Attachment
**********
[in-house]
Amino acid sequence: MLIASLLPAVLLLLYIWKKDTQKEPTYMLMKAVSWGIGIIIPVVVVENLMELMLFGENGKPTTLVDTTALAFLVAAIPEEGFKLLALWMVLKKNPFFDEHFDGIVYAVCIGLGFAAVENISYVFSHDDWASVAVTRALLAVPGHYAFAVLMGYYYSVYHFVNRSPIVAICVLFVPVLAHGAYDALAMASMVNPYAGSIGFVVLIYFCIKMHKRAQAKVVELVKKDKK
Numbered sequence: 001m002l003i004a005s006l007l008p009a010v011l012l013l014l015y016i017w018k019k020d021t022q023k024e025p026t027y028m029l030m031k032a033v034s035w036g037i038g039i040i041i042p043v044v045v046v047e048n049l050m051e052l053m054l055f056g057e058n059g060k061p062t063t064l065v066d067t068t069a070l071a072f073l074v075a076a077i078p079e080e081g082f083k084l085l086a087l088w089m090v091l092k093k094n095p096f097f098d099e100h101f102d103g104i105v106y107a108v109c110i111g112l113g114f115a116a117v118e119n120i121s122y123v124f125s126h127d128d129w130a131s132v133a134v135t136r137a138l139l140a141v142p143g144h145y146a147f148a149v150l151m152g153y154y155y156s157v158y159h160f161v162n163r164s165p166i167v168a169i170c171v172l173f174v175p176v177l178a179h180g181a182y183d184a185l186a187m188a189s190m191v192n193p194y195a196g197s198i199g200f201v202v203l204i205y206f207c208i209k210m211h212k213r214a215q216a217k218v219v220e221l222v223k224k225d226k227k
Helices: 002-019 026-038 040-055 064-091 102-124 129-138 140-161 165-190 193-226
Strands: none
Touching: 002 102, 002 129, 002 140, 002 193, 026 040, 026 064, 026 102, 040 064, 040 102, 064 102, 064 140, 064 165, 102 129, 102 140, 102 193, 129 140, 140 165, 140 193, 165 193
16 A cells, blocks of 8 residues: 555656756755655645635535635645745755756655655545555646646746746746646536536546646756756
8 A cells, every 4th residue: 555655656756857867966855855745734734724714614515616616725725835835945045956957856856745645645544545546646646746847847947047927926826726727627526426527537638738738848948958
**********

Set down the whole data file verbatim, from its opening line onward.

[in-house]
Amino acid sequence: MLIASLLPAVLLLLYIWKKDTQKEPTYMLMKAVSWGIGIIIPVVVVENLMELMLFGENGKPTTLVDTTALAFLVAAIPEEGFKLLALWMVLKKNPFFDEHFDGIVYAVCIGLGFAAVENISYVFSHDDWASVAVTRALLAVPGHYAFAVLMGYYYSVYHFVNRSPIVAICVLFVPVLAHGAYDALAMASMVNPYAGSIGFVVLIYFCIKMHKRAQAKVVELVKKDKK
Numbered sequence: 001m002l003i004a005s006l007l008p009a010v011l012l013l014l015y016i017w018k019k020d021t022q023k024e025p026t027y028m029l030m031k032a033v034s035w036g037i038g039i040i041i042p043v044v045v046v047e048n049l050m051e052l053m054l055f056g057e058n059g060k061p062t063t064l065v066d067t068t069a070l071a072f073l074v075a076a077i078p079e080e081g082f083k084l085l086a087l088w089m090v091l092k093k094n095p096f097f098d099e100h101f102d103g104i105v106y107a108v109c110i111g112l113g114f115a116a117v118e119n120i121s122y123v124f125s126h127d128d129w130a131s132v133a134v135t136r137a138l139l140a141v142p143g144h145y146a147f148a149v150l151m152g153y154y155y156s157v158y159h160f161v162n163r164s165p166i167v168a169i170c171v172l173f174v175p176v177l178a179h180g181a182y183d184a185l186a187m188a189s190m191v192n193p194y195a196g197s198i199g200f201v202v203l204i205y206f207c208i209k210m211h212k213r214a215q216a217k218v219v220e221l222v223k224k225d226k227k
Helices: 002-019 026-038 040-055 064-091 102-124 129-138 140-161 165-190 193-226
Strands: none
Touching: 002 102, 002 129, 002 140, 002 193, 026 040, 026 064, 026 102, 040 064, 040 102, 064 102, 064 140, 064 165, 102 129, 102 140, 102 193, 129 140, 140 165, 140 193, 165 193
16 A cells, blocks of 8 residues: 555656756755655645635535635645745755756655655545555646646746746746646536536546646756756
8 A cells, every 4th residue: 555655656756857867966855855745734734724714614515616616725725835835945045956957856856745645645544545546646646746847847947047927926826726727627526426527537638738738848948958